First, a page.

A New Yorker of mixed heritage believes his destiny lies in his African ancestral homeland in this dramatic novel.
In 1993, 17-year-old Emmanuel’s father, Uchechi, tells him that his destiny awaits him in the African kingdom of Umuati. Uchechi believes his American son will somehow need to help Umuati battle injustice and oppression and that failure to do so will curse Emmanuel. A decade later, Emmanuel resides in Manhattan with a Ph.D. from Columbia Law School but still hasn’t visited Umuati. He falls for Rebecca Levitt, who’s vice president at her father Reuben’s brokerage firm, Peak Management Group. Emmanuel even takes a job at the firm to get close to Rebecca. But Reuben disapproves of their inevitable romance, primarily because Emmanuel, who’s biracial, isn’t Jewish like the Levitts. Emmanuel fights for the chance to marry Rebecca and, soon after, finds a way he can assist Umuati. An oil-field explosion there has resulted in fatalities and a devastating oil spill. Emmanuel calls Umuati’s regent and offers, pro bono, to file a lawsuit against the company responsible, Sooli Oil. This entails finally traveling to Umuati, where Emmanuel surprisingly faces some resistance. After the evidence he has gathered inexplicably vanishes, Emmanuel and others learn there may be a spy working for Sooli, which ultimately leads to murder and a kidnapping. But it’s the opportunity to move to Umuati that presents Emmanuel with his greatest challenge, as Rebecca’s refusal to leave her U.S. home may threaten their prospective future together.
Emmanuel’s convincing motivations propel Eze’s (Leadership Stories of Mother Hen, 2012, etc.) engrossing, character-driven story. For example, destiny plays a large role in the protagonist’s decisions, be it pursuing Rebecca or coming to the aid of Umuati. This stems from Uchechi’s forecasting his son’s fate and possible curse; just days later, Emmanuel tragically lost both parents in a storm-related boating accident. Similarly, he has thrived academically in spite of the discrimination he faced from school bullies calling him half-breed or “merboy” (half fish, half boy). Emmanuel later overcomes adversaries in Umuati who see him as an outcast. He has an Umuati name, Nkemefuna, and knows the language but is unfamiliar with the culture. The first third of the novel centers on Emmanuel’s growing relationship with Rebecca. It’s a rewarding subplot, though some of his behavior is more obsessive than romantic. For instance, when she seems reluctant to further the relationship, Emmanuel asks his cousin Anna to befriend Rebecca. He’s certain that the friendship will help him win Rebecca. Regardless, his sweet words to her are often charming: “If I ever live this life again, let it always be with you, my love.” The plot shift to the lawsuit adds tension and suspense. Individuals opposing the suit put Emmanuel in unmistakable peril, but the courtroom scenes are intense as well, as the protagonist fights a multibillion-dollar company. Female characters are strong, particularly Anna, who, in a flashback, doesn’t hesitate to warn a sexist, racist biker against calling her a “bitch.”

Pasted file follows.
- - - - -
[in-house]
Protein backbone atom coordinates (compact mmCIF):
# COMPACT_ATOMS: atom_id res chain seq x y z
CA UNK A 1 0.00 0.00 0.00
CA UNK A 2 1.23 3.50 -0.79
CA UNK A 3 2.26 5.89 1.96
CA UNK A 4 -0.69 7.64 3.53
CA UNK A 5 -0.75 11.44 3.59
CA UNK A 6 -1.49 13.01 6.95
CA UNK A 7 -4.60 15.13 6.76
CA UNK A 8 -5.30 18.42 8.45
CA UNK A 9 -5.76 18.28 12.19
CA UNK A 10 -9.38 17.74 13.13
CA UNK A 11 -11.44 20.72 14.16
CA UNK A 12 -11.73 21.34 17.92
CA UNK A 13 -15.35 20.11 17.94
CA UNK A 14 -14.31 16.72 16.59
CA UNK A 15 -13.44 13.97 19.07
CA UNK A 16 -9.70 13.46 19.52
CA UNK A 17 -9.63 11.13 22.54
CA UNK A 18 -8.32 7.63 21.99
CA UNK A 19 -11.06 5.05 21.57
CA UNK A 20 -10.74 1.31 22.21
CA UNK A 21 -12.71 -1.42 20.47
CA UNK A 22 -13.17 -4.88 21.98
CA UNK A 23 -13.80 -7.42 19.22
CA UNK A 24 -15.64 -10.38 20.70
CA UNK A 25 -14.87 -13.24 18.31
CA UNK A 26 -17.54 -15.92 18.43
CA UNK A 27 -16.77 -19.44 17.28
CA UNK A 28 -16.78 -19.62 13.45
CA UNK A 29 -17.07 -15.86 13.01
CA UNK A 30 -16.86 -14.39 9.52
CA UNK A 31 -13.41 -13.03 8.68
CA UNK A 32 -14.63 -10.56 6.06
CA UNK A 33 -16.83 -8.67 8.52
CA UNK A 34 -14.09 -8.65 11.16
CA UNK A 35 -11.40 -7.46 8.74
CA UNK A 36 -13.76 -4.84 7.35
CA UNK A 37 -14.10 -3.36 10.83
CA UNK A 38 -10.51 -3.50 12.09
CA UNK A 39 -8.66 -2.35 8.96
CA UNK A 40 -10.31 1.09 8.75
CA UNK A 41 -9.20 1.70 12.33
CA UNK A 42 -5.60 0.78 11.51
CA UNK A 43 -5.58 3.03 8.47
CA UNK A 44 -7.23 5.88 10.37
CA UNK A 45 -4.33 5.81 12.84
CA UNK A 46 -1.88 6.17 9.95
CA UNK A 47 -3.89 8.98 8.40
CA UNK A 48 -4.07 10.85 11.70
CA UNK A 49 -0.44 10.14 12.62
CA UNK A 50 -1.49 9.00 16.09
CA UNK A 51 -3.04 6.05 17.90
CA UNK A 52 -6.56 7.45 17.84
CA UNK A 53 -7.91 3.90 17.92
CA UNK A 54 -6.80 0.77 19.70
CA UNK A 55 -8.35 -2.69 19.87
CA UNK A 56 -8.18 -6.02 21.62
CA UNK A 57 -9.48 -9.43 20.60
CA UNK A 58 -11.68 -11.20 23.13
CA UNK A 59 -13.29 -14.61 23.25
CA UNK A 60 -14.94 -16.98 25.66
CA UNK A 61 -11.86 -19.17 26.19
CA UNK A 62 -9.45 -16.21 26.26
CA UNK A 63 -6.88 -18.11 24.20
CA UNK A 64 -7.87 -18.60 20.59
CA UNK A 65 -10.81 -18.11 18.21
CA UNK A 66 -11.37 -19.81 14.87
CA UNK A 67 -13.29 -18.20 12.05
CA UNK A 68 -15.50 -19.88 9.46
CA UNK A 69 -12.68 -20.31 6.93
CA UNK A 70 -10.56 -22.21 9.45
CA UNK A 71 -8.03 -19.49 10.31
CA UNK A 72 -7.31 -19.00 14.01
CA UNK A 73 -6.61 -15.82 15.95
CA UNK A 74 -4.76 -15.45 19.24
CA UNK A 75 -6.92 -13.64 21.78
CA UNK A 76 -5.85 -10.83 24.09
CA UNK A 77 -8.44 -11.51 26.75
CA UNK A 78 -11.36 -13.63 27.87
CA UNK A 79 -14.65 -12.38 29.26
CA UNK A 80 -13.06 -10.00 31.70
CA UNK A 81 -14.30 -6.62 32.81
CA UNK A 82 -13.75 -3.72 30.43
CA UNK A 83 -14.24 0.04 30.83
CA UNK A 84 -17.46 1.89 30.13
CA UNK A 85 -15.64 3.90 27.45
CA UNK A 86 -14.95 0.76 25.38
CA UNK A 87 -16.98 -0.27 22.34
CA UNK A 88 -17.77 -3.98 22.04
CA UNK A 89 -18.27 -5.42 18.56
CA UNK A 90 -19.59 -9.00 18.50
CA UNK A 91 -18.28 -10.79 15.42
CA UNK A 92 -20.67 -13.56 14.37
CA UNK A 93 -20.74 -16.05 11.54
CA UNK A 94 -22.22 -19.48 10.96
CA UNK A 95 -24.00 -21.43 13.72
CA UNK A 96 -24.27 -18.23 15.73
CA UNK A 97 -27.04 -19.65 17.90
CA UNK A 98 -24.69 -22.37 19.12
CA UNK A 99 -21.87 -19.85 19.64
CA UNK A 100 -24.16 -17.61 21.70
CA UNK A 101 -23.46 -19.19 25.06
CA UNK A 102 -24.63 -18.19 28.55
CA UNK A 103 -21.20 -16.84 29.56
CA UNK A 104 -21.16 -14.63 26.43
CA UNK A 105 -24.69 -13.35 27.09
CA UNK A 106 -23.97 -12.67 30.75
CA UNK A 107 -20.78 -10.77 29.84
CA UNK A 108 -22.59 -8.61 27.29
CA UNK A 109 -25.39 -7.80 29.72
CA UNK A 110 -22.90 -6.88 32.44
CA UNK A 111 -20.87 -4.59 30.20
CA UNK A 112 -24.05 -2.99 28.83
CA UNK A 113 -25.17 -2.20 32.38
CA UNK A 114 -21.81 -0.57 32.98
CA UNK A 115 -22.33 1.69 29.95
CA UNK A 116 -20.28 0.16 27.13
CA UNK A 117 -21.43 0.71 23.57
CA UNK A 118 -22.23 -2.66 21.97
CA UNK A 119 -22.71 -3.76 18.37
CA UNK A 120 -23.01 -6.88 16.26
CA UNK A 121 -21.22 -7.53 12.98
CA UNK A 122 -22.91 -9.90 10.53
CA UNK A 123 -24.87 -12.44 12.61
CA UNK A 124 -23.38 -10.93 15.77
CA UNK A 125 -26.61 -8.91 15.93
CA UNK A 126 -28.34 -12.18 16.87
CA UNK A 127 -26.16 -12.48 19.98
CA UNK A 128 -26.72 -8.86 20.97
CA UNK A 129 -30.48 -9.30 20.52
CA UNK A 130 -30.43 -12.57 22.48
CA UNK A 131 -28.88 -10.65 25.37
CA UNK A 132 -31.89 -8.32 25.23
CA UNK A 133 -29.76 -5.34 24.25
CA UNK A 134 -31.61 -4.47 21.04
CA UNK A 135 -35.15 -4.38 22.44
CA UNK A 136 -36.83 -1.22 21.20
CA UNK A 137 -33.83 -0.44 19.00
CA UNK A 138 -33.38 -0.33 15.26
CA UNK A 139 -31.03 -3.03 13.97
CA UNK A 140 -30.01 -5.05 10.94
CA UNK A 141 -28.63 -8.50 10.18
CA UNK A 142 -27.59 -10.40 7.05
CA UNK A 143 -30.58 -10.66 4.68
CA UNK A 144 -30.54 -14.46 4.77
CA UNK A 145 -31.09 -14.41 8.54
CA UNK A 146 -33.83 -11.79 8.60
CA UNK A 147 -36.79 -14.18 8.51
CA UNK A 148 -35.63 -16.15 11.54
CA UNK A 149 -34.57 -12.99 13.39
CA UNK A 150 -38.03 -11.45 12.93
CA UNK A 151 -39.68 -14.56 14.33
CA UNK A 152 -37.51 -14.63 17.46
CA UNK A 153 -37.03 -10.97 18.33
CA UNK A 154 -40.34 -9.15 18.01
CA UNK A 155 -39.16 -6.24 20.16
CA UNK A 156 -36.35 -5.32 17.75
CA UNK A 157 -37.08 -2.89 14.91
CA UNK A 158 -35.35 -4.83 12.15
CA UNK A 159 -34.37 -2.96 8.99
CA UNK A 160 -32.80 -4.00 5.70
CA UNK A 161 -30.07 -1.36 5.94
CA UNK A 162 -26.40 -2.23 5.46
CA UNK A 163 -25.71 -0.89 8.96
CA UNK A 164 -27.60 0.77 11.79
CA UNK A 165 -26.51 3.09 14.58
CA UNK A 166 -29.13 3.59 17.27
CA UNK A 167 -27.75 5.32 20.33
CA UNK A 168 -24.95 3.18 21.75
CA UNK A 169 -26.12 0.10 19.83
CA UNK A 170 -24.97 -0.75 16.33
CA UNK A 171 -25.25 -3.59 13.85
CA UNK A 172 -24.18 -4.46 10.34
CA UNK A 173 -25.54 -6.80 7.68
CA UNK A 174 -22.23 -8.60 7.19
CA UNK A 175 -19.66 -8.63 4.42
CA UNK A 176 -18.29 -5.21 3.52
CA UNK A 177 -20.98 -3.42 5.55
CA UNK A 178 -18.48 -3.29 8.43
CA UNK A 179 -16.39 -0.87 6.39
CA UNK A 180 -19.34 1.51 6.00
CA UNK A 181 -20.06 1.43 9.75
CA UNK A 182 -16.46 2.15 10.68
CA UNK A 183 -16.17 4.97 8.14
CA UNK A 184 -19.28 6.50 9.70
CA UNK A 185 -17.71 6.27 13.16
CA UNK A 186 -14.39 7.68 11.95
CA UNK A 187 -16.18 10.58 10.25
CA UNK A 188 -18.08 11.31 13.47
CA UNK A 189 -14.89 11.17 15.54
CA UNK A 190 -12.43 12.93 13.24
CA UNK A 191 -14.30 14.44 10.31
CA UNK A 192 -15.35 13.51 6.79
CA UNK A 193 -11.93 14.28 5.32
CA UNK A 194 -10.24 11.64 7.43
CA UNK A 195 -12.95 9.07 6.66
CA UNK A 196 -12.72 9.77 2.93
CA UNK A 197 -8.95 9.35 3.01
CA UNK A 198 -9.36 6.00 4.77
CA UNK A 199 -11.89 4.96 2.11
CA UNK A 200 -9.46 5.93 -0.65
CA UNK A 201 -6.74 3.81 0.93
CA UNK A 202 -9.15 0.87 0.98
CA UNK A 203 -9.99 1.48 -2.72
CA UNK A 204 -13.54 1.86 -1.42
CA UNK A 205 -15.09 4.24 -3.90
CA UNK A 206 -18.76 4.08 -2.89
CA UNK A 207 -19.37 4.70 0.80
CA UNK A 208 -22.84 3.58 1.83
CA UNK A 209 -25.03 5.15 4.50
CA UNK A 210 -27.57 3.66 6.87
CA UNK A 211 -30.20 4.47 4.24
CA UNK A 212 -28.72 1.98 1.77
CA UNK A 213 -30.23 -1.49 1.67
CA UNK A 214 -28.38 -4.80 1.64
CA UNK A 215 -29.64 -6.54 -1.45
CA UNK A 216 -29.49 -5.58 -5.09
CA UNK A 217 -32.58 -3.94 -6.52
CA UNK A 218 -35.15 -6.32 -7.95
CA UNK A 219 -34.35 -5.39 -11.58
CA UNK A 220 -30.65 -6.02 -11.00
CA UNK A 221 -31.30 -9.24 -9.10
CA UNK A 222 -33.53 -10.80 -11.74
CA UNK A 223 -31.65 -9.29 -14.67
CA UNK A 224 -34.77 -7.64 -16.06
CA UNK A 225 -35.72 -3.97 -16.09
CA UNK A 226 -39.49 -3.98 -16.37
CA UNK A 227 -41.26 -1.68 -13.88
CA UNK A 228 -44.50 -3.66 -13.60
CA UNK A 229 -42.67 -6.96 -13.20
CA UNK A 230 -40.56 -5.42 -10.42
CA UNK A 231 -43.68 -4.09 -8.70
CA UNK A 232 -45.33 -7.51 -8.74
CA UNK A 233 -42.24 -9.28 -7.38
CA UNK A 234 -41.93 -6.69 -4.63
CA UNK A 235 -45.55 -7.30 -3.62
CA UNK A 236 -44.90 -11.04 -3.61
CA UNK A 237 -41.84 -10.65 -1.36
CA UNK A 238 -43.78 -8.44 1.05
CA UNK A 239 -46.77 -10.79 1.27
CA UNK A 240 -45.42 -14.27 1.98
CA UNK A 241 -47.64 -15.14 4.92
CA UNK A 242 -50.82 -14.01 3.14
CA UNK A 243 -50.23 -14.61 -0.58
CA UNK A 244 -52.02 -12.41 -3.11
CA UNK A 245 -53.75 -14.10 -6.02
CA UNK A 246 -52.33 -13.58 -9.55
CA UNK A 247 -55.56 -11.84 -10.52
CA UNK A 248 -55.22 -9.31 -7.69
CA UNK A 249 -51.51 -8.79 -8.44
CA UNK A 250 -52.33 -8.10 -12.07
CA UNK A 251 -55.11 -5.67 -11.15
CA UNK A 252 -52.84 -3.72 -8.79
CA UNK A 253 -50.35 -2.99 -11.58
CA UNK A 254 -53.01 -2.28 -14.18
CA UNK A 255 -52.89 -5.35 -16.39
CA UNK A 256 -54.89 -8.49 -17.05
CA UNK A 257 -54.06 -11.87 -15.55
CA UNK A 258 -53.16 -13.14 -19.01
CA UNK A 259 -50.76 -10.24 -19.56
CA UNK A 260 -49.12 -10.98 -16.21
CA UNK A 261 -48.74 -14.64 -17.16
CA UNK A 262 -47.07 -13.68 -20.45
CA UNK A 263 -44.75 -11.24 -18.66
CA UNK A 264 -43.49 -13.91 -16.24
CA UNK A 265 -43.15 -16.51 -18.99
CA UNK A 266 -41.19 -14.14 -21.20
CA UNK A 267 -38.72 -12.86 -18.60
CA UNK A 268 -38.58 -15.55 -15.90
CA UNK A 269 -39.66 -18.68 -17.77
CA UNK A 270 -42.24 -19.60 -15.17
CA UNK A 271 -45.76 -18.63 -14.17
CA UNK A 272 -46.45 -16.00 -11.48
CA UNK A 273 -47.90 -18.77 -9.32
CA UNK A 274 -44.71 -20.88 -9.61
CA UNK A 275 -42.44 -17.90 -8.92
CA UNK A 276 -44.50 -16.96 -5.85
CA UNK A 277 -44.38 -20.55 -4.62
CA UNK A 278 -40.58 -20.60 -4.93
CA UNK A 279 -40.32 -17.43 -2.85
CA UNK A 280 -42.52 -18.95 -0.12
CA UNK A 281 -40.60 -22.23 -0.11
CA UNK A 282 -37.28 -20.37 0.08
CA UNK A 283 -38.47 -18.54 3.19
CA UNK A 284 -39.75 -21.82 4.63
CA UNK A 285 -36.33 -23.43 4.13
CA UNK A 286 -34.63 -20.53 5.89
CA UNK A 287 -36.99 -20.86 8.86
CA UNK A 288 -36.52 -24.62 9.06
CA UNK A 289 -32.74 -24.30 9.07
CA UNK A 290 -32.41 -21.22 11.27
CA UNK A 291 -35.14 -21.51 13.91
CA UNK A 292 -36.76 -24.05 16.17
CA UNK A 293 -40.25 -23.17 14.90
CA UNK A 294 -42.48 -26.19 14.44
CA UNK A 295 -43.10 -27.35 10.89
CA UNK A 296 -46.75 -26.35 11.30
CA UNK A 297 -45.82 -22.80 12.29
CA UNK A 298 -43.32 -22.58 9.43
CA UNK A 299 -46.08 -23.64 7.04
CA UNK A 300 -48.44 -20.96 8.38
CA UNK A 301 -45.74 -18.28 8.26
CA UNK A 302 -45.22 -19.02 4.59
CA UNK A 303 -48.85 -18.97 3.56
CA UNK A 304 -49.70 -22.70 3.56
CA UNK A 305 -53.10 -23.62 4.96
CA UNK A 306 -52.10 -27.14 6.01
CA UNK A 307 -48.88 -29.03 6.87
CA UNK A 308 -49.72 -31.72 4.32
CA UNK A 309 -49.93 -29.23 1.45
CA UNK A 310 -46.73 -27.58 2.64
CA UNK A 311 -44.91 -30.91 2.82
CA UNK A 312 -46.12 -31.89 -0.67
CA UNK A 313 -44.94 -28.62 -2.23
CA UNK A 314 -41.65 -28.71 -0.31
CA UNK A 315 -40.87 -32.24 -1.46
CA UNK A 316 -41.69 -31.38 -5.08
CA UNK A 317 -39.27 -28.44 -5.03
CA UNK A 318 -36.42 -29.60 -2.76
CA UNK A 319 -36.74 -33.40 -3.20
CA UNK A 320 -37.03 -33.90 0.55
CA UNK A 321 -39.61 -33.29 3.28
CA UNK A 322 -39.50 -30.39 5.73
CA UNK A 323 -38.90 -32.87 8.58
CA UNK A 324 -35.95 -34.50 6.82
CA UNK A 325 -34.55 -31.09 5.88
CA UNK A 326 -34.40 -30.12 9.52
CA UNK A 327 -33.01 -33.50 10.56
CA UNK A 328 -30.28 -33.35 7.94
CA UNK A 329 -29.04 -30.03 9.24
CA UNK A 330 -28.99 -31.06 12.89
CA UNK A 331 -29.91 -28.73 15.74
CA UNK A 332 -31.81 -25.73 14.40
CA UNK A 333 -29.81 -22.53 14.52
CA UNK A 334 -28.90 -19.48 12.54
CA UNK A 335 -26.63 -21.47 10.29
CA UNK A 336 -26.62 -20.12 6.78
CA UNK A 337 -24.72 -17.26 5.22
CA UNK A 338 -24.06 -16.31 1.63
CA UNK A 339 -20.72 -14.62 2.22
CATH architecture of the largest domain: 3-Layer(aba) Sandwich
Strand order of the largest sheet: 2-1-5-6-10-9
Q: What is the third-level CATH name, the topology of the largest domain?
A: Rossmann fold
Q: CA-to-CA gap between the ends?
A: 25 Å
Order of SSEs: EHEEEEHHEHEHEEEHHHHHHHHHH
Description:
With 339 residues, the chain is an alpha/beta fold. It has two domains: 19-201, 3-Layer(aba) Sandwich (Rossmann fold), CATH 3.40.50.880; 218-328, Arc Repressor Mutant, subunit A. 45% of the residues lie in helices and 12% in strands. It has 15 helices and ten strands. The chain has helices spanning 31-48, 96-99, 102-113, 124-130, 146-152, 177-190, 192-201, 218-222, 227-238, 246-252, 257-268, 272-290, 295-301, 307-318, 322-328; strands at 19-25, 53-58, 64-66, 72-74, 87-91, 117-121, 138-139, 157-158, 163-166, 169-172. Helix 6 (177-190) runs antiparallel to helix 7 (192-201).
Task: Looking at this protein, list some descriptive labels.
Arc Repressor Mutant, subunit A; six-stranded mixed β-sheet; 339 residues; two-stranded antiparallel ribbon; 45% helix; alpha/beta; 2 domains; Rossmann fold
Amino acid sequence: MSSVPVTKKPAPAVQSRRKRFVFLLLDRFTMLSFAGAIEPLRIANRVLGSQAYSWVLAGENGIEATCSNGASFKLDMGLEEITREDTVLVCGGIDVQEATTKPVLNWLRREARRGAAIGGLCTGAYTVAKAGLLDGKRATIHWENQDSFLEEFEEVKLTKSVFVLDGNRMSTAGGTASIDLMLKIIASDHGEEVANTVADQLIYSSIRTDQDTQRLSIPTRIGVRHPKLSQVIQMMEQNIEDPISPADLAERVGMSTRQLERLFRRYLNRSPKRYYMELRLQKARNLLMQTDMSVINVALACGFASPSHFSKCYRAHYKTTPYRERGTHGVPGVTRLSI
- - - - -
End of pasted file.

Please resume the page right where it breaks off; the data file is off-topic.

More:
A protagonist of conviction braves discrimination and a potentially dangerous corporation.